Jun 20, 2019 - National Geographic Sea Lion

Petersburg is a proper Alaskan fishing community at the head of Wrangell Narrows, on Mitkoff Island. No big cruise ships stop here, and the streets are not lined with shops selling trinkets, t-shirts and jewelry. The harbor is filled with fishing vessels: trollers, seiners, gillnetters and crabbers, each harvesting the bounty of the Alaskan seas. Soon the fishing season will be upon them, and now the residents of Petersburg are busy preparing their boats and nets, anxious to begin doing what they do best. Most living in Petersburg make their life fishing, whether catching or processing fish, or serving the needs of those who do.

We docked at the floating dock of Petersburg this morning for a variety of activities. Some took a short ride across Wrangell Narrows to the adjacent island of Kupreanof for a walk through the forest to a muskeg bog. Our trail passed evidence of hand-logging in the early twentieth century, and then turned to enter the old-growth forest. We walked along a boardwalk, two planks wide, covered with repurposed fishing net to provide traction: effective and clever! Sitka Spruce and Western Hemlock towered overhead; blueberries, huckleberries, and false azalea formed an intermediate level; mosses, ferns, and dwarf dogwood covered every bit of the forest floor, even extending up the bases of trees, and arboreal lichens hung from the branches.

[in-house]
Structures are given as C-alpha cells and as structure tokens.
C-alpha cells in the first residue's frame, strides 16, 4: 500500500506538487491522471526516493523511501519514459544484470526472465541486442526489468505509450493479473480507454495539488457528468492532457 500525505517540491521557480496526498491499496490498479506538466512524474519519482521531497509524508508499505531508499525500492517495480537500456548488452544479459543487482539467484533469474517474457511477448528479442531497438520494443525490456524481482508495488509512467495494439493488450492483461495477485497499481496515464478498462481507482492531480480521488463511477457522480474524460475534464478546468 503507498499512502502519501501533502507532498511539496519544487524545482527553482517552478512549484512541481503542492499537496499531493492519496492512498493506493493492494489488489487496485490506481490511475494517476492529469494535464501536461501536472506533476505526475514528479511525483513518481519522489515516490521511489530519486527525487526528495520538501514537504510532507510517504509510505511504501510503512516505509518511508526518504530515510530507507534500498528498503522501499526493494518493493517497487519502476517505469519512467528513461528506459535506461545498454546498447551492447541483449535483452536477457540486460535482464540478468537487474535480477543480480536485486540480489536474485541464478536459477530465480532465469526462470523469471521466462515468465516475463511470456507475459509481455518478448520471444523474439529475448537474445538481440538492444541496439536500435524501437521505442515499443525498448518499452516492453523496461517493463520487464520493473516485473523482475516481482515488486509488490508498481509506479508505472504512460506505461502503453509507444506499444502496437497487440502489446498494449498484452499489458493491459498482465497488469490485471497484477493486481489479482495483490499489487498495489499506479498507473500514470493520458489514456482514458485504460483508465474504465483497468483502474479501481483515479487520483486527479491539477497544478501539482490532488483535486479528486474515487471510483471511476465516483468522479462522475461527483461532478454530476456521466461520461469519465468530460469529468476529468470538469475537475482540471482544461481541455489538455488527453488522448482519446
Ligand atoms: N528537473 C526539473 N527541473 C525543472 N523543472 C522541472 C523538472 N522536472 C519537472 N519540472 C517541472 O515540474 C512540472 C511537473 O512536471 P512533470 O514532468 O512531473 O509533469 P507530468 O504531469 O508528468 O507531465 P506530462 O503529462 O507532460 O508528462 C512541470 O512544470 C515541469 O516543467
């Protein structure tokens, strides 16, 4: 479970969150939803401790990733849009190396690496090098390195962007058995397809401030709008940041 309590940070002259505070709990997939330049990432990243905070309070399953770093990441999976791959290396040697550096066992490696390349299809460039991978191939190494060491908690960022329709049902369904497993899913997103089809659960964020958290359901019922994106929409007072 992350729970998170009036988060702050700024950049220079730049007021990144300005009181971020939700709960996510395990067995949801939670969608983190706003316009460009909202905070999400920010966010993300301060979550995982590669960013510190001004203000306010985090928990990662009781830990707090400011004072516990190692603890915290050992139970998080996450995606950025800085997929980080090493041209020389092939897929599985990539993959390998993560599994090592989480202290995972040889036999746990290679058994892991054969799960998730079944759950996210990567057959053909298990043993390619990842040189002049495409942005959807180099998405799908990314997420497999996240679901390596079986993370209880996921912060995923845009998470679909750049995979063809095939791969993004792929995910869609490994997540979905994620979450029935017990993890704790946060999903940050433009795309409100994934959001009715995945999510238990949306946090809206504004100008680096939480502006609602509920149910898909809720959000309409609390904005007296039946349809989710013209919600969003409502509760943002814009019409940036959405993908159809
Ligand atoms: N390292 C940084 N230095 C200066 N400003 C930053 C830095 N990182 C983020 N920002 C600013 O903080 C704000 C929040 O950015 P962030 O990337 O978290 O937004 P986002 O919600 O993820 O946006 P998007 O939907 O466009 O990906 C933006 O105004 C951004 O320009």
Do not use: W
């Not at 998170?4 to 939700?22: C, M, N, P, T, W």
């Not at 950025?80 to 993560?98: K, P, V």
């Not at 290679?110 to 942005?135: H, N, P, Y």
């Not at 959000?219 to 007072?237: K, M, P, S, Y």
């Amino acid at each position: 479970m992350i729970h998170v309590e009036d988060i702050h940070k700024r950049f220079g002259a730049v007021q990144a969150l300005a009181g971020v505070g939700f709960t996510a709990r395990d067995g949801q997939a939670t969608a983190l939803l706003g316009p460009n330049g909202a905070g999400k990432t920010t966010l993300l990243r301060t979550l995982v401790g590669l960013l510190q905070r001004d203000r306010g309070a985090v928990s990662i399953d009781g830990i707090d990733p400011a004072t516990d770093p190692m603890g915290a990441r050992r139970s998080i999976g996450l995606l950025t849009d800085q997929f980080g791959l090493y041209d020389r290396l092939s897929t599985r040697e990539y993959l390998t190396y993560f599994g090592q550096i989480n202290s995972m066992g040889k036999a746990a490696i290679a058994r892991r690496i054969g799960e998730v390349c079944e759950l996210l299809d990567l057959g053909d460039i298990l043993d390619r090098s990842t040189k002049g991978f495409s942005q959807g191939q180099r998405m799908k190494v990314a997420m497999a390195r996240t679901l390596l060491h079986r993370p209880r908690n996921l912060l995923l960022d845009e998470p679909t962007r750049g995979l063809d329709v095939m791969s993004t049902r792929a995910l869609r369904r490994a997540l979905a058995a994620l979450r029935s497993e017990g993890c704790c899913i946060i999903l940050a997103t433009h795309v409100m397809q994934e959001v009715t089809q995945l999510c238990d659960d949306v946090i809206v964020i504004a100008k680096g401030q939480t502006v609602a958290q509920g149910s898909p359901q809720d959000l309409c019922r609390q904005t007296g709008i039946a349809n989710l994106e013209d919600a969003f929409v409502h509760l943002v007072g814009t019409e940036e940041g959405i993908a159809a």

The vegetation switched abruptly as we entered the muskeg bog, an area of scattered, stunted trees and saturated, acidic and nutrient-poor soils. Muskeg actually occupies a fairly large part of the landscape, and there is reason to think that it is expanding. Perhaps in a thousand more years, muskeg will be the dominant ecology of Southeast Alaska.

So much to do on this brilliant clear and warm day: explore the intertidal communities revealed by the very low tide or growing on the underside of the floating dock, take a bicycle for a pedal around the town and surroundings, explore Alaska's most famous hardware store stocked with everything needed to keep the fishing fleet afloat and at work, or simply strolling through the colorful town proudly displaying its Norwegian heritage.

Dinner this evening was the famous Lindblad-National Geographic's Petersburg crab feast, featuring endless buckets of steaming Dungeness crabs.

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About the Author

Steve Maclean

Steve Maclean


Steve is a zoologist and ecologist, broadly interested in the ecology and natural history of plants, birds, mammals, and insects. Steve received a doctorate in zoology from the University of California, Berkeley and spent 26 years on the faculty of the University of Alaska Fairbanks as Professor of Biology and Director of International Programs. He taught courses in ecology and authored over fifty scientific papers.

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